by Guy de Maupassant
Translators: Albert M.C. McMaster, A.E. Henderson, Mme. Quesada, & others.
I was going to see my friend Simon Radevin once more, for I had not seen him for fifteen years. Formerly he was my most intimate friend, and I used to spend long, quiet, and happy evenings with him. He was one of those men to whom one tells the most intimate affairs of the heart, and in whom one finds, when quietly talking, rare, clever, ingenious, and refined thoughts--thoughts which stimulate and capture the mind.
For years we had scarcely been separated: we had lived, traveled, thought, and dreamed together; had liked the same things with the same liking, admired the same books, comprehended the same works, shivered with the same sensations, and very often laughed at the same individuals, whom we understood completely, by merely exchanging a glance.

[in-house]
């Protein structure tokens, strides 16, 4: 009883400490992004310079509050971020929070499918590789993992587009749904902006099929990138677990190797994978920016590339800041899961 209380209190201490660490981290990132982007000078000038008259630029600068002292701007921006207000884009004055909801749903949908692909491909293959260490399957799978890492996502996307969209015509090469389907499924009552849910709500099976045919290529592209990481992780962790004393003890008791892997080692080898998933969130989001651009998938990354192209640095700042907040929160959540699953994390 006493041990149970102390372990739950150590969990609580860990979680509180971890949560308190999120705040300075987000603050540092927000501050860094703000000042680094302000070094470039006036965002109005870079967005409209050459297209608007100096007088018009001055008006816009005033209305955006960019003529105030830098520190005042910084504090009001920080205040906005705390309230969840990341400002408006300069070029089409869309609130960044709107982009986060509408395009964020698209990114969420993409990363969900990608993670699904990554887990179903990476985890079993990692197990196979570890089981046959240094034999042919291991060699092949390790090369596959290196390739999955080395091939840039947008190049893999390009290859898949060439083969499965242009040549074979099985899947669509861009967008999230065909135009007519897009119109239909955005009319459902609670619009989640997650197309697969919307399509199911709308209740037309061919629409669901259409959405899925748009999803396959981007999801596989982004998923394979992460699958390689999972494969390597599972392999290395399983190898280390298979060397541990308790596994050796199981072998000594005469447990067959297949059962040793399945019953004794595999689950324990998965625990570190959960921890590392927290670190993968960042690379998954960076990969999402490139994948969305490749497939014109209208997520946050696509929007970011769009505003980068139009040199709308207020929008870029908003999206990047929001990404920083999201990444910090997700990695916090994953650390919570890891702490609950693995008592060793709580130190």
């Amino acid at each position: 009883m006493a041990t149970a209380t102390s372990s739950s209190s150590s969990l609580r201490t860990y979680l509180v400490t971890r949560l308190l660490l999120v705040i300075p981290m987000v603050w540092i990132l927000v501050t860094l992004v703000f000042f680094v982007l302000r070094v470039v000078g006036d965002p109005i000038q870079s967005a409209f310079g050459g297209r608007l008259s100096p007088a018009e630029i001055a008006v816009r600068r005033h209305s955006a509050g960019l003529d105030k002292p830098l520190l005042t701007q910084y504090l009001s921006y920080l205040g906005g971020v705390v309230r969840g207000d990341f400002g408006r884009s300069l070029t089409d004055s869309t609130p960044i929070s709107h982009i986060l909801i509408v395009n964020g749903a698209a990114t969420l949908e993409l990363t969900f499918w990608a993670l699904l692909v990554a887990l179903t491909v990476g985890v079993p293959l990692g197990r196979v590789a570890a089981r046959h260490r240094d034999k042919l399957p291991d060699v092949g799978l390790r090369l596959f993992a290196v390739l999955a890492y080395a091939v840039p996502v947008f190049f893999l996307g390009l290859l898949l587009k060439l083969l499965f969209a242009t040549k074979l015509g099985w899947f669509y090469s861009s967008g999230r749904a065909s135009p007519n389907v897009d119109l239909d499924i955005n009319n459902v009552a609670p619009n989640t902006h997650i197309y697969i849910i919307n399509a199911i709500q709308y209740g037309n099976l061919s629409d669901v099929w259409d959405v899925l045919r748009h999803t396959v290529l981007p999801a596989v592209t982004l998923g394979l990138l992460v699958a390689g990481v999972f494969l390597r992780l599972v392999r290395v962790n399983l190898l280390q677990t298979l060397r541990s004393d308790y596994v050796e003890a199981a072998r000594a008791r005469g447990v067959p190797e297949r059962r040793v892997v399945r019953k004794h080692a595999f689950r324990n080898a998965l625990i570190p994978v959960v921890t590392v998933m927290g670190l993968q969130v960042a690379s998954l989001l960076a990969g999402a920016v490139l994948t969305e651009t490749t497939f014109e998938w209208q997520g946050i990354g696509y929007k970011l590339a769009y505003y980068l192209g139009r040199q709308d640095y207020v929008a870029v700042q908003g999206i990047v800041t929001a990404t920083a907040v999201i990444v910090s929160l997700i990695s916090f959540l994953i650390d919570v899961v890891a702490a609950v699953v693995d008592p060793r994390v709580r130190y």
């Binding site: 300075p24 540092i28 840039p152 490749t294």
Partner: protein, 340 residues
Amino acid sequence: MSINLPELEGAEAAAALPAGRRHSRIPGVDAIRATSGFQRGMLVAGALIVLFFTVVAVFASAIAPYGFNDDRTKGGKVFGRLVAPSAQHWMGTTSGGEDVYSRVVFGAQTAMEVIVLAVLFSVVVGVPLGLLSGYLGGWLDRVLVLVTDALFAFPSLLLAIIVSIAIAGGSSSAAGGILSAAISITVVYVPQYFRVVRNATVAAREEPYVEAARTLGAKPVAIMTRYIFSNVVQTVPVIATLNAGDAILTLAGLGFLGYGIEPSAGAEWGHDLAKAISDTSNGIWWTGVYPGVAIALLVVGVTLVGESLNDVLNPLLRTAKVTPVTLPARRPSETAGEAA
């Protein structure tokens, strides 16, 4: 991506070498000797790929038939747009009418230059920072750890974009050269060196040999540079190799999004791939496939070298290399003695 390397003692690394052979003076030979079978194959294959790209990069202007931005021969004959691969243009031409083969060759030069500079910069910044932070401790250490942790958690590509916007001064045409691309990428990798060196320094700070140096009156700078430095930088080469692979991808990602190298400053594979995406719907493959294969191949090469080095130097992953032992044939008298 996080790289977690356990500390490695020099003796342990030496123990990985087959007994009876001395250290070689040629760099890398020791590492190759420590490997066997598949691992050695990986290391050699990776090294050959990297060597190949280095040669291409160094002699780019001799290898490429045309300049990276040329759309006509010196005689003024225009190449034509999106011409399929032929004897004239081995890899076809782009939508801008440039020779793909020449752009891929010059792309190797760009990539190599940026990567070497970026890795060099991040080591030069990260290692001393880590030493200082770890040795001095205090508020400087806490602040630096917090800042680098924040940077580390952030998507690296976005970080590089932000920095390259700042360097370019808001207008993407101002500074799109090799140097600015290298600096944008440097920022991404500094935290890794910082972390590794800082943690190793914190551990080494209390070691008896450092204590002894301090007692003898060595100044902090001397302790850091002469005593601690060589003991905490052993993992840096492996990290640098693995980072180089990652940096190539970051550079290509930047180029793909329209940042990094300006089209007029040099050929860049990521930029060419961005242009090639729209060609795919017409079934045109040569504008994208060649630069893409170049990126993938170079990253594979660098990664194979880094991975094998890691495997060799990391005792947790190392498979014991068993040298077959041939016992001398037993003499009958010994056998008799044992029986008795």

Then he married--quite unexpectedly married a little girl from the provinces, who had come to Paris in search of a husband. How ever could that little, thin, insipidly fair girl, with her weak hands, her light, vacant eyes, and her clear, silly voice, who was exactly like a hundred thousand marriageable dolls, have picked up that intelligent, clever young fellow? Can anyone understand these things? No doubt he had hoped for happiness, simple, quiet, and long-enduring happiness, in the arms of a good, tender, and faithful woman; he had seen all that in the transparent looks of that schoolgirl with light hair.
He had not dreamed of the fact that an active, living, and vibrating man grows tired as soon as he has comprehended the stupid reality of a common-place life, unless indeed, he becomes so brutalized as to be callous to externals.